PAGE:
Others on here have noted similar readings or more.
 

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2000 Outback 2.5l 4EAT
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24 Posts
While diagnosing parasitic current draws you should be less than 50mA. Or .05 amps.

Do you have any aftermarket electronics on the car?

You can remove the fuse from the suspected circuit one at a time to narrow it down. Remove a fuse, check the amps. This is more easily done with an ammeter, or a touchless meter of some kind. (I use my Fluke T1000 a fair amount.)
When you found the circuit that has the biggest drop to the amps, look at everything that circuit has on it.
I remember when Honda/Acura came out with their Hands Free Link, customers were complaining about dead batteries all the time. We had a TSB (technical service bulletin) after a month of replacing the HFL control units. The problem was the control unit its self. It was not actually going to sleep after the ignition was turned off.
So it could be the hatch motor/ control unit is having problems going to sleep.

Do some checks first, and I would always recommend asking your local Subaru dealer if they have any TSB's on the subject too.
 

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On the Super Mod Squad
2002 3.0 VDC Wag + 2018 2.5 Leg Ltd
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26,480 Posts
While diagnosing parasitic current draws you should be less than 50mA. Or .05 amps.

Do you have any aftermarket electronics on the car?

You can remove the fuse from the suspected circuit one at a time to narrow it down. Remove a fuse, check the amps. This is more easily done with an ammeter, or a touchless meter of some kind. (I use my Fluke T1000 a fair amount.)
When you found the circuit that has the biggest drop to the amps, look at everything that circuit has on it.
I remember when Honda/Acura came out with their Hands Free Link, customers were complaining about dead batteries all the time. We had a TSB (technical service bulletin) after a month of replacing the HFL control units. The problem was the control unit its self. It was not actually going to sleep after the ignition was turned off.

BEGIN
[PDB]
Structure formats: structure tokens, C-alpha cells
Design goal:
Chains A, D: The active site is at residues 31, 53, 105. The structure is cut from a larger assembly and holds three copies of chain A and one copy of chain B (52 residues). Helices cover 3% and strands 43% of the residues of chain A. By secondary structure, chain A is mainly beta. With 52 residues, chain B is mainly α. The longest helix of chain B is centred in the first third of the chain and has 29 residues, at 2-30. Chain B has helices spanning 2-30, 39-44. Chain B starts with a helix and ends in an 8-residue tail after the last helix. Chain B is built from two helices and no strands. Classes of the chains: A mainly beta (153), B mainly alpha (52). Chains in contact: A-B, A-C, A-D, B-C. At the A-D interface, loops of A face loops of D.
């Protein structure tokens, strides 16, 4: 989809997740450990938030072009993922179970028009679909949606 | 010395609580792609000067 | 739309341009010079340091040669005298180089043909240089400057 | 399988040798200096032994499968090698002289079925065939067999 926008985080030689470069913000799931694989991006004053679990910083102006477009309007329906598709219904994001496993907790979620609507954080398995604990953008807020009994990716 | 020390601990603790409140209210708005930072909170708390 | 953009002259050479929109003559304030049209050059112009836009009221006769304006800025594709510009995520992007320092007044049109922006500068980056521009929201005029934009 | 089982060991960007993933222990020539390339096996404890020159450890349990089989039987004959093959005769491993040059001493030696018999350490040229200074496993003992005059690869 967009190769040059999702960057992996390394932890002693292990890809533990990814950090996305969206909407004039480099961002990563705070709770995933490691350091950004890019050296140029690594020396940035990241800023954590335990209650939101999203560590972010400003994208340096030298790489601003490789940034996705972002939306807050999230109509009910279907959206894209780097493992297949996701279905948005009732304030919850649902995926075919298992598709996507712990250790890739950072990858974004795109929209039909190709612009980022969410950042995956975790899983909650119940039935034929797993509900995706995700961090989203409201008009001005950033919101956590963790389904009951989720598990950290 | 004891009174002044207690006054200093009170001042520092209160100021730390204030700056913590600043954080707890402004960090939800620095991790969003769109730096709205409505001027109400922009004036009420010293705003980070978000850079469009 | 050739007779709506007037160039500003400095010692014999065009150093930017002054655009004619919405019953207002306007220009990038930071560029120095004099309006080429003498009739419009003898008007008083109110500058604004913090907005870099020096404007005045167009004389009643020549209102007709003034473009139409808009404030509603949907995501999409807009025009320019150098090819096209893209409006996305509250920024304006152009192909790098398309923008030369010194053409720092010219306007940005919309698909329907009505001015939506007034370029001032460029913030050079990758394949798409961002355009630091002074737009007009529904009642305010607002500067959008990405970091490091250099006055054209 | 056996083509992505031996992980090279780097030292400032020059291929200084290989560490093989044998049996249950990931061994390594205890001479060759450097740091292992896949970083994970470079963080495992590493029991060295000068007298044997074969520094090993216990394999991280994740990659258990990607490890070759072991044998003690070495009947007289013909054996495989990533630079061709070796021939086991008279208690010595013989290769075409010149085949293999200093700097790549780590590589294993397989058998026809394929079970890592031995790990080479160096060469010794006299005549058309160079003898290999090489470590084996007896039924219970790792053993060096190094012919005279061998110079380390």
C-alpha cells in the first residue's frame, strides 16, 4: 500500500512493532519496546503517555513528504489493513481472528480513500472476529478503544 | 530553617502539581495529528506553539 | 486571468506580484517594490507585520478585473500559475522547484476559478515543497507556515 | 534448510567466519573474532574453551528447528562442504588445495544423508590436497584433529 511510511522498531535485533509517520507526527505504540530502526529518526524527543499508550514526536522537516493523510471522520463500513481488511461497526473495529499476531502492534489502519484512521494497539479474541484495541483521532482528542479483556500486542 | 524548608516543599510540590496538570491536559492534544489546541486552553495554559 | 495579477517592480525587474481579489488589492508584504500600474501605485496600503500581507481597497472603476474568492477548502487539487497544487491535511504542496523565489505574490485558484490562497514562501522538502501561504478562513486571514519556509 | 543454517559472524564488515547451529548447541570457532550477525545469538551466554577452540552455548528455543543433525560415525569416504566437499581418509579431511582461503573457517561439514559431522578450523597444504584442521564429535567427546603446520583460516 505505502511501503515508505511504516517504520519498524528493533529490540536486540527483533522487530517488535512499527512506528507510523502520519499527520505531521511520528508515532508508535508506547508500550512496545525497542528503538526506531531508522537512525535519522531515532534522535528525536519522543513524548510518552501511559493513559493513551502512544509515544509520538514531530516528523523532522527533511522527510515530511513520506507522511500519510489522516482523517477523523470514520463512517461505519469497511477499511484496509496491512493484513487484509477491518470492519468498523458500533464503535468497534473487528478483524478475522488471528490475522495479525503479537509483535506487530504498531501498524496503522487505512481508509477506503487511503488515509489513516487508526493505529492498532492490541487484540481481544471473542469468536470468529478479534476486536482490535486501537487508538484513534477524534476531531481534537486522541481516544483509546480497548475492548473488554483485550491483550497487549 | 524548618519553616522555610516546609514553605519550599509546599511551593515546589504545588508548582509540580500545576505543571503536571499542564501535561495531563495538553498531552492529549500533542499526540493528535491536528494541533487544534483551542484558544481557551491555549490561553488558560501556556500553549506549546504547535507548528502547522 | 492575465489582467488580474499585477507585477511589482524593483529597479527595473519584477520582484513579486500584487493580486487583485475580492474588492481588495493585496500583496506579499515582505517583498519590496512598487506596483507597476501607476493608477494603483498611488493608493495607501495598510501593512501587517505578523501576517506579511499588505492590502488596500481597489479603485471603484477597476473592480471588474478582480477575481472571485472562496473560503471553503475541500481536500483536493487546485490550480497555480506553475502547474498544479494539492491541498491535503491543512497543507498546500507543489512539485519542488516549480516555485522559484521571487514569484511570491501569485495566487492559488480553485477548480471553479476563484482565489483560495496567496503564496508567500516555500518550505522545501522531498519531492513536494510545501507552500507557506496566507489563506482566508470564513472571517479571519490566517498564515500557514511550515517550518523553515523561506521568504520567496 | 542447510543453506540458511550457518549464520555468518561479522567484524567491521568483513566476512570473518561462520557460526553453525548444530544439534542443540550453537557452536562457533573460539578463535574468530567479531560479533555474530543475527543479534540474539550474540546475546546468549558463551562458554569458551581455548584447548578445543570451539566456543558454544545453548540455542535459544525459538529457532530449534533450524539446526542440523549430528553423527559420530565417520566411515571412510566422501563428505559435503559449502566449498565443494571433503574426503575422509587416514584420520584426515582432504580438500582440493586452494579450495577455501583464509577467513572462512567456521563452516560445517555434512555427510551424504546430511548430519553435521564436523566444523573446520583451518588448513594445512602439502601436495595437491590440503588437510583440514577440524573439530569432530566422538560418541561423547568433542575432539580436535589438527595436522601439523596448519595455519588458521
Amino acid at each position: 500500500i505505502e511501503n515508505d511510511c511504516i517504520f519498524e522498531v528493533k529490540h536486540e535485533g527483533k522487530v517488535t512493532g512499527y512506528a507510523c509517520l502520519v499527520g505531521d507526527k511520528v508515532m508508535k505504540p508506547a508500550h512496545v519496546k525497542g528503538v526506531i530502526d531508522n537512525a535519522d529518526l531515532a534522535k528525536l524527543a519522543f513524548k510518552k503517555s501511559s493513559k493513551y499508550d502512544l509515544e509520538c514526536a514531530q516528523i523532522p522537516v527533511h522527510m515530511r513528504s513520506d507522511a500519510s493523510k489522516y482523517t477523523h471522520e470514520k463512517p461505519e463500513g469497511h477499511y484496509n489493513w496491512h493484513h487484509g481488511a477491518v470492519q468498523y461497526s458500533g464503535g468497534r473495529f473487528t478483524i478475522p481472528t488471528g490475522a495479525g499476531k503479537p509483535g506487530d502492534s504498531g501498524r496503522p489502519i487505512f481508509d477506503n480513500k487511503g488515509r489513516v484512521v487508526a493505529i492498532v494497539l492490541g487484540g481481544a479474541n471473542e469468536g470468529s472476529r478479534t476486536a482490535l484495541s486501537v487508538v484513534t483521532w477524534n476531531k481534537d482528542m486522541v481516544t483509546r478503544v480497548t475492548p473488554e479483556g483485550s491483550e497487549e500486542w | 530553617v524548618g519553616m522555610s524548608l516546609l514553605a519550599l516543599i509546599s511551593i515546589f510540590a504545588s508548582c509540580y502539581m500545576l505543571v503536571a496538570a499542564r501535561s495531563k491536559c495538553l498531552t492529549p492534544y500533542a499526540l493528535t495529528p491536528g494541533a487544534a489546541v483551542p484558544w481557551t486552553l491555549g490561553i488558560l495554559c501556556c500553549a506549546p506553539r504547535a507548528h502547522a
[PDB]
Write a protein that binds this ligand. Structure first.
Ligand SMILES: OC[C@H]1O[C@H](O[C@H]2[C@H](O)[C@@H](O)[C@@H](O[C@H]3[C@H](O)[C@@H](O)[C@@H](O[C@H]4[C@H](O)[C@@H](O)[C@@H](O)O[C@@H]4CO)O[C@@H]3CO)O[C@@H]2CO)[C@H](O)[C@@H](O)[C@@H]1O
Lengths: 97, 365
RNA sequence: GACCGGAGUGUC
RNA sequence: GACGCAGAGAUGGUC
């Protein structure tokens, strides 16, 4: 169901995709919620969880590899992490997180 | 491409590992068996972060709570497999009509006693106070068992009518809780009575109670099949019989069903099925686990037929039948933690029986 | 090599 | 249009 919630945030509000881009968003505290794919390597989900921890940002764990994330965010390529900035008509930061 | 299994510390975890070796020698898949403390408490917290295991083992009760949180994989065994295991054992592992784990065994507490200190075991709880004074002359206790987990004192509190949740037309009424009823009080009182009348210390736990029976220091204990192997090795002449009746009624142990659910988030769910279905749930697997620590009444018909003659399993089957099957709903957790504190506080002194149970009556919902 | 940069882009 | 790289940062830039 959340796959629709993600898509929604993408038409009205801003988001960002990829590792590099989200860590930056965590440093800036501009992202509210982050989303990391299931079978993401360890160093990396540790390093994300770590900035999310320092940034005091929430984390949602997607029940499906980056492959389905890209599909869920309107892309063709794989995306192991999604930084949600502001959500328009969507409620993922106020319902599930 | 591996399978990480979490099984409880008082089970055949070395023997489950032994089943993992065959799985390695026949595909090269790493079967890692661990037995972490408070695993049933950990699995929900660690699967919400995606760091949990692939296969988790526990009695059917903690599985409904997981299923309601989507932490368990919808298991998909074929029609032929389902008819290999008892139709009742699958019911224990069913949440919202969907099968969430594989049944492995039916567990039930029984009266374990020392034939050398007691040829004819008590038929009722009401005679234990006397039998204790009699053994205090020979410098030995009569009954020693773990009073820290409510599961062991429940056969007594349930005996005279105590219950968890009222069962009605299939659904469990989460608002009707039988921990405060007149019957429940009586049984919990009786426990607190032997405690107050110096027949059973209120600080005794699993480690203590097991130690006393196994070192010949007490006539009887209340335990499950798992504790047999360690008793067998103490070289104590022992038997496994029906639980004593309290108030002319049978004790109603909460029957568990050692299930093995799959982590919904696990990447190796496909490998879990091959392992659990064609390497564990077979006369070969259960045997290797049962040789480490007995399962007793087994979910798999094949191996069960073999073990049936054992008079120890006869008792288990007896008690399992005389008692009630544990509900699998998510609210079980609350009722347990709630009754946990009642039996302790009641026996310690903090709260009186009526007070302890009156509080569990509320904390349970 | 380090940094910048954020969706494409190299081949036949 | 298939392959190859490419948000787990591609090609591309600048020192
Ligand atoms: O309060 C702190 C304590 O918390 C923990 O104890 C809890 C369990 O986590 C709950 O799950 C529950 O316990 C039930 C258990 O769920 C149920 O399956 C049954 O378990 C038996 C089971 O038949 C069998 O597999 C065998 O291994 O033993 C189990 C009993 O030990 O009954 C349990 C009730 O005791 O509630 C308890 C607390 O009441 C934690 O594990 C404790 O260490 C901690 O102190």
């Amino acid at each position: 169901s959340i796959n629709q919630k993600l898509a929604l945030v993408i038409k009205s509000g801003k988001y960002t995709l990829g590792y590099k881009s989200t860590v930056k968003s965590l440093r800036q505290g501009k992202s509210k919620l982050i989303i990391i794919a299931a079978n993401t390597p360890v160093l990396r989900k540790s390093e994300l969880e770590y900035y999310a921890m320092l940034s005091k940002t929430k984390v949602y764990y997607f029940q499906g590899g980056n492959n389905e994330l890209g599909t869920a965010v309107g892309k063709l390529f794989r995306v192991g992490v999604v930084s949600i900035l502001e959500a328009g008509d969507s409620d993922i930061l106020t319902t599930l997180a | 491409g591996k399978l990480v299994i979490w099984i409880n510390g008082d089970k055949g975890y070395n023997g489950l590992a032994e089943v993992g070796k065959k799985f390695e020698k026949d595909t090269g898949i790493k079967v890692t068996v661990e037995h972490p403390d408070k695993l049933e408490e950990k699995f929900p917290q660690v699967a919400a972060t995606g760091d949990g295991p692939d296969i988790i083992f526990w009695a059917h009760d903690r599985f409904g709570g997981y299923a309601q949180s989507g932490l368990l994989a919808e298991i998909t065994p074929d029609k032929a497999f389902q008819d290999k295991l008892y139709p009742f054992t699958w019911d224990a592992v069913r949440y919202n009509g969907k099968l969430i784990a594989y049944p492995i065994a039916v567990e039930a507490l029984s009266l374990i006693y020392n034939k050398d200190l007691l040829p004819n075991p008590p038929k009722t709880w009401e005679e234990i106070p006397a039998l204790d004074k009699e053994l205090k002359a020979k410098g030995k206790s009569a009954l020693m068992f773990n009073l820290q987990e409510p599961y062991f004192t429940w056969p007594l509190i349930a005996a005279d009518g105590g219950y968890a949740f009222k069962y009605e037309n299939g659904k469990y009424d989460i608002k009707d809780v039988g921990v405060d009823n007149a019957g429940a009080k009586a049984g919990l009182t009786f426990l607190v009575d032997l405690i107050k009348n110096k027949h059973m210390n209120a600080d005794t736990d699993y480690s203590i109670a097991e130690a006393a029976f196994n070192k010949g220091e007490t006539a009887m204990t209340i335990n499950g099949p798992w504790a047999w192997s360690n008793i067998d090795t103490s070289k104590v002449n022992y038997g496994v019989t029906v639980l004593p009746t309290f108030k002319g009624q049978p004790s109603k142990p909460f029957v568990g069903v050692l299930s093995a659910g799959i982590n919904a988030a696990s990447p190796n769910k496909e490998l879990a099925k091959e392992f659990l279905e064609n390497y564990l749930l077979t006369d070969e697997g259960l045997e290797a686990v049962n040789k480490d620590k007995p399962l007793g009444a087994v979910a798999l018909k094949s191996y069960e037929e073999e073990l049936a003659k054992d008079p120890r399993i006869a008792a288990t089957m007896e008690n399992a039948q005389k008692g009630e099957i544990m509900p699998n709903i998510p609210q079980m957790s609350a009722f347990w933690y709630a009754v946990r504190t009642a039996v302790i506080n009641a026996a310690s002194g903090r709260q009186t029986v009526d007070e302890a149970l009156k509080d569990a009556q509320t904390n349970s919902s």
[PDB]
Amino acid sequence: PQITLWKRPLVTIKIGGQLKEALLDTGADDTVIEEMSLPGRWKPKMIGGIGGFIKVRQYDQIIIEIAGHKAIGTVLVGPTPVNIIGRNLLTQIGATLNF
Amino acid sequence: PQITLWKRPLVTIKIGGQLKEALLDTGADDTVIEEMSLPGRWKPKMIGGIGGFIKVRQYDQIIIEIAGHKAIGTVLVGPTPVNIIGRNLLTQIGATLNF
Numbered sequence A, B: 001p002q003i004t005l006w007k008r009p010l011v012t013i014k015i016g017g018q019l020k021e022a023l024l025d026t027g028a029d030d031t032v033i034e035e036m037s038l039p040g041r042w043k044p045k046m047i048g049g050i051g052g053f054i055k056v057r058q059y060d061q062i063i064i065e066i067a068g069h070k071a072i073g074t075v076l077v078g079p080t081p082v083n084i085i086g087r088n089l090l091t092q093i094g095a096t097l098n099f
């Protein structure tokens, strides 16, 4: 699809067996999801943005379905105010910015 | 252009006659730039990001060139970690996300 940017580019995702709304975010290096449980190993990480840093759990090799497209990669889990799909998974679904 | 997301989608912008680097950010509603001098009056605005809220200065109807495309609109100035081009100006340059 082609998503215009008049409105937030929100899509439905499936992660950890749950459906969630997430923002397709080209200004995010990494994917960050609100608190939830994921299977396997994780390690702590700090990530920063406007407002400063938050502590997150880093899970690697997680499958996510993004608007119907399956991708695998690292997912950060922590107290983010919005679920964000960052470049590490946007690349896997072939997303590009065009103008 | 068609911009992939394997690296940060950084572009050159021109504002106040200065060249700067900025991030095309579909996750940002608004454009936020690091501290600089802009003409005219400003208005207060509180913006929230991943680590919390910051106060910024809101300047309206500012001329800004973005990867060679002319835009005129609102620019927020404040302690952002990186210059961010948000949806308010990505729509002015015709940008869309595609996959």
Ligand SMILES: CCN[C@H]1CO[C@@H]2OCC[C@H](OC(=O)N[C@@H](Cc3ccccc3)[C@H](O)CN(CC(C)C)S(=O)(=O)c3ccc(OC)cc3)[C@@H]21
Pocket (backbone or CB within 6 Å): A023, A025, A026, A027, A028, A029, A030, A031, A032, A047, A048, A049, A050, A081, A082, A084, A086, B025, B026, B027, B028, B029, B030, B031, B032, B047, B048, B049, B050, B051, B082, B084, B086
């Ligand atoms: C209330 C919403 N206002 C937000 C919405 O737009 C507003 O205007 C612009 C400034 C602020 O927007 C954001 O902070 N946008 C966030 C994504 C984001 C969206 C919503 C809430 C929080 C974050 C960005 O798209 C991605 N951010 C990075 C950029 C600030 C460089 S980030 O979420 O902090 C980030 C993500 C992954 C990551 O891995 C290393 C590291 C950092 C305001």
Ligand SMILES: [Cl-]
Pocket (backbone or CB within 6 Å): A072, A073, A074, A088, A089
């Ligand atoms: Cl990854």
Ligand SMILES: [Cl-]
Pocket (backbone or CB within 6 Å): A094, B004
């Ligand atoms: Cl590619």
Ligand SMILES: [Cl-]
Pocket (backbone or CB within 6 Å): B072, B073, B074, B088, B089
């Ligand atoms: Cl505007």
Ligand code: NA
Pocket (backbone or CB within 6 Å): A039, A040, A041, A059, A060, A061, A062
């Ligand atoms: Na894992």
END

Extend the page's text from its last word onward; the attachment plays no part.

So it could be the hatch motor/ control unit is having problems going to sleep.

Do some checks first, and I would always recommend asking your local Subaru dealer if they have any TSB's on the subject too.
Its kind of a pandemic here with battery threads for 2013 and newer. day after day after day, :soapbox:
what the factory picked is just not enough with the cold and the factory electronics.
(keyless fobs in coat pockets getting bumped activating interior lights of cars 30 feet away does not help,)
 

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2000 Outback 2.5l 4EAT
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24 Posts
It seems like all manufactures have the same problems. Keyfobs in pockets and hitting the lock/unlock button. ARGH!
 

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2000 Outback 2.5l 4EAT
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24 Posts
Humblemechanic, He is an amazing tech.
I just learned something new too.

I know this is not my thread, but thanks for the lesson.